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Should we limit the use and knowledge of genetics in the case of conception? What about using genetic engineering to make humans healthier—or even enhancing humanity by manipulating DNA? See geneticist George Church, fertility specialists Paula Amato and Jamie Grifo, bioethicists Sheldon Krimsky and Nita Farahany mull our fast-approaching genetic engineering horizon in “Designer Genes: Fashioning Our Biological Future,” a program of the 2014 World Science Festival.
Emily Senay is a physician, medical and public health educator, broadcast journalist, and author. She is an Assistant Professor of Medicine in the Department of Preventive Medicine at the Icahn School of Medicine at Mount Sinai and a clinician in the World Trade Center Health Program in New York City.Read More
Sheldon Krimsky is a professor of Urban & Environmental Policy & Planning as well as adjunct professor of Public Health and Community Medicine at Tufts University. From 2012 to 2014, he is also a professor of philosophy at Brooklyn College, CUNY.Read More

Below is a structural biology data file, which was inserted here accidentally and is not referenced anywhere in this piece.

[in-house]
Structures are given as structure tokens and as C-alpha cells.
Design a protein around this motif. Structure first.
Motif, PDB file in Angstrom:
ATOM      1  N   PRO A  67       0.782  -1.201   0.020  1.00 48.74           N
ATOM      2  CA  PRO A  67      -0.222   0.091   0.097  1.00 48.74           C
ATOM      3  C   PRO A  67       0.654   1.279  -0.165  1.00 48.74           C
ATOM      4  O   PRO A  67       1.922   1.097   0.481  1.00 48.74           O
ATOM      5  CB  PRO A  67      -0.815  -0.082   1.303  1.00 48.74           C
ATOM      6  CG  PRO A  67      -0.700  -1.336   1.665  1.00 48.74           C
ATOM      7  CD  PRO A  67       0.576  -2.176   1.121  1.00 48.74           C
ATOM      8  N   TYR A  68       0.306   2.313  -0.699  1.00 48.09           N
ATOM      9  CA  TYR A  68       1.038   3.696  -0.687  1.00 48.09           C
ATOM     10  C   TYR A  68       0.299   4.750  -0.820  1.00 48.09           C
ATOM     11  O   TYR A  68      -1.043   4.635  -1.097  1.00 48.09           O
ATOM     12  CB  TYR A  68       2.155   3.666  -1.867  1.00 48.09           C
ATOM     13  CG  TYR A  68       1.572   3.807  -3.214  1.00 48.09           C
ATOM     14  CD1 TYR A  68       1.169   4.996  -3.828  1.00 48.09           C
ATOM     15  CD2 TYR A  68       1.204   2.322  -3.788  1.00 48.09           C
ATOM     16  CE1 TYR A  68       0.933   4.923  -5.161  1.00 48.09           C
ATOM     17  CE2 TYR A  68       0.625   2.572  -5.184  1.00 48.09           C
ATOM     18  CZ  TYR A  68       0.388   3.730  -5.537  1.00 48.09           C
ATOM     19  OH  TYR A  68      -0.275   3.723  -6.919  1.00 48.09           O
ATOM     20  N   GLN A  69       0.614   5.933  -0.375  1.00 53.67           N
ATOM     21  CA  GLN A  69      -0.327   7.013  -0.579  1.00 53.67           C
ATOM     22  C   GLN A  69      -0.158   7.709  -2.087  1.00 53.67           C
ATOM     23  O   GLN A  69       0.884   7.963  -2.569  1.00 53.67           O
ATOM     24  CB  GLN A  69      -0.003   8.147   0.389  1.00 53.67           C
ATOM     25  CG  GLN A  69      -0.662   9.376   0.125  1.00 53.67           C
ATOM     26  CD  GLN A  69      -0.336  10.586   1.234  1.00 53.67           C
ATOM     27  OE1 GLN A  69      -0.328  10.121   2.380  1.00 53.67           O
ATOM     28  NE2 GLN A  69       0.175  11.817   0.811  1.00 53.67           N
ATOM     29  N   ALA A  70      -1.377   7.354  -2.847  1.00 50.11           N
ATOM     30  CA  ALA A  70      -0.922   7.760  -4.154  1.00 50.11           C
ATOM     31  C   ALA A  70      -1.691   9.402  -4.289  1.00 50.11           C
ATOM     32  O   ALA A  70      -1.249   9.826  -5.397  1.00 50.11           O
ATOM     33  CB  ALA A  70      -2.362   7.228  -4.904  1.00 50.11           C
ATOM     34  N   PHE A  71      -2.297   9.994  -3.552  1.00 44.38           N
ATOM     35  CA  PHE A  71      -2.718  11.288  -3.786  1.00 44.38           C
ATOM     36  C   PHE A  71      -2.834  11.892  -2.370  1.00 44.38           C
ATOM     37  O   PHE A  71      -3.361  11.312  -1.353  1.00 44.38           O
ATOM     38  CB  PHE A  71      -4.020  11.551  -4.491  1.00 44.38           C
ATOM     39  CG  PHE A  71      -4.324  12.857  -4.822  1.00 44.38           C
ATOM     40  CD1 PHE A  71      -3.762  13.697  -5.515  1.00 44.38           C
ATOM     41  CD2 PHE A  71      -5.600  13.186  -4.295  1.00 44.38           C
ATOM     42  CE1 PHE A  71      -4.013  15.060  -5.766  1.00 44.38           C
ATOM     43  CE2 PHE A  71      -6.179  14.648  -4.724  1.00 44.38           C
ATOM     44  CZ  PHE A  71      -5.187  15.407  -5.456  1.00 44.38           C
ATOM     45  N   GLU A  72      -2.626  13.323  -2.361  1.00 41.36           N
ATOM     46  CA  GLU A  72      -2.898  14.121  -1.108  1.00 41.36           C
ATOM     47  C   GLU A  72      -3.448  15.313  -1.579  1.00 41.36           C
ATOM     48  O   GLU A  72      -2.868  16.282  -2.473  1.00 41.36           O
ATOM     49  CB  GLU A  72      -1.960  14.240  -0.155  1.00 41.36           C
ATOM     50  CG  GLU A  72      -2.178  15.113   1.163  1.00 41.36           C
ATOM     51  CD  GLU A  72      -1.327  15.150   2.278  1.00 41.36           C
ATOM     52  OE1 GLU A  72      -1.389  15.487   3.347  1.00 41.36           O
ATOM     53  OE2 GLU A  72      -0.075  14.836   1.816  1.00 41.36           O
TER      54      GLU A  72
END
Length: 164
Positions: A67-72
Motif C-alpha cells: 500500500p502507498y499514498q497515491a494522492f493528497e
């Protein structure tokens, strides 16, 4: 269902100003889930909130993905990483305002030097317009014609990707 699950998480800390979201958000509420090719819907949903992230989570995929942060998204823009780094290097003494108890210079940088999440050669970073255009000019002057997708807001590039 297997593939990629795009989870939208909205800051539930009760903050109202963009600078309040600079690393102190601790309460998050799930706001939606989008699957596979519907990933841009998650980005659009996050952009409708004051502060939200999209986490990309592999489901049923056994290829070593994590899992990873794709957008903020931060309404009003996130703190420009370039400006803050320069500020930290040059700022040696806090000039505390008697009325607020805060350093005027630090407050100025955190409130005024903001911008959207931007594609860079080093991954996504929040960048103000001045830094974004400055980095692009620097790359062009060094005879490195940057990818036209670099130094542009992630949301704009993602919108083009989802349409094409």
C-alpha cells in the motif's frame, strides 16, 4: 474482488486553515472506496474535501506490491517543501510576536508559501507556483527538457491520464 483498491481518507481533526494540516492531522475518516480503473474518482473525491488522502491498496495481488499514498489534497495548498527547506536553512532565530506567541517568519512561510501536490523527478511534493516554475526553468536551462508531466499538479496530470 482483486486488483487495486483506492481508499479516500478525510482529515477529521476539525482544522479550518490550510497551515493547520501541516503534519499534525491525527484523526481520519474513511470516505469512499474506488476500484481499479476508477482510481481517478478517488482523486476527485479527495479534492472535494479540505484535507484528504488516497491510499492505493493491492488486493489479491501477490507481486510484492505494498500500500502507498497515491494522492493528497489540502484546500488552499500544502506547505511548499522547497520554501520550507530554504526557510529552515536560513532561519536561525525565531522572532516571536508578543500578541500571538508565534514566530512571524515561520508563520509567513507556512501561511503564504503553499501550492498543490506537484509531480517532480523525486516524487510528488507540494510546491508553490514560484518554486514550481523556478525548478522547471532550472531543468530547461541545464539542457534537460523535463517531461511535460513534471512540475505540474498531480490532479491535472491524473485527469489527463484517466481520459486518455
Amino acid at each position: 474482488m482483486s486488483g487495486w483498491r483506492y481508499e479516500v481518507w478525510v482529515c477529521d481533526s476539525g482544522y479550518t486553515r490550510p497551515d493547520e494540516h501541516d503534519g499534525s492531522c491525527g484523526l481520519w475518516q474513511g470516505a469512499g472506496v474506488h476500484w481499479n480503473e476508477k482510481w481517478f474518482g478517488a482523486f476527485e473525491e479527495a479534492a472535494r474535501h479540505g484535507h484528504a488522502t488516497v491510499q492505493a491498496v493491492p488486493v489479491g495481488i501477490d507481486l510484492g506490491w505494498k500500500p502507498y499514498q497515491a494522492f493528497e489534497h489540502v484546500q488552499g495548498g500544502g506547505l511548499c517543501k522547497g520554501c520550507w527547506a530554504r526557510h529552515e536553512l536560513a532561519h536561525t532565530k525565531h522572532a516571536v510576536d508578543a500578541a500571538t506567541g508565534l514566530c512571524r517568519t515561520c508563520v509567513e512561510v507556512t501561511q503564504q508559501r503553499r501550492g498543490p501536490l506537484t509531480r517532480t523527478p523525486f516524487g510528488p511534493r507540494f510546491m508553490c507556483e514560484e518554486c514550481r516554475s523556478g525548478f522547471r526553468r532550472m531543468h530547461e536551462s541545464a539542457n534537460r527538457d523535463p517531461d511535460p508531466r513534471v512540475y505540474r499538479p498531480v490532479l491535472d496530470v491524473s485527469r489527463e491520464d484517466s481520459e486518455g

Paula Amato is an associate professor of obstetrics and gynecology at the Oregon Health and Science University who specializes in reproductive endocrinology and infertility. Some of her research explores the ways to reprogram aged, differentiated cells into pluripotent cells that can give rise to any cell type.Read More
Jamie Grifo is the program director of the NYU Fertility Center. He is also director of reproductive endocrinology and a professor of obstetrics and gynecology at the NYU School of Medicine. As co-director of the NYU Egg Freezing Division, he has helped lead one of the largest and most successful egg preservation programs.Read More
Nita A. Farahany is a Professor of Law & Philosophy at Duke University and the director of Duke Science & Society. In 2010, she was appointed by President Obama to the Presidential Commission for the Study of Bioethical Issues, and continues to serve as a member.Read More
George Church is professor of genetics at Harvard Medical School and director of PersonalGenomes.org, providing the world’s only open-access information on human Genomic, Environmental, and Trait data (GET). His 1984 Harvard Ph.D. included the first methods for direct genome sequencing, molecular multiplexing, and barcoding.Read More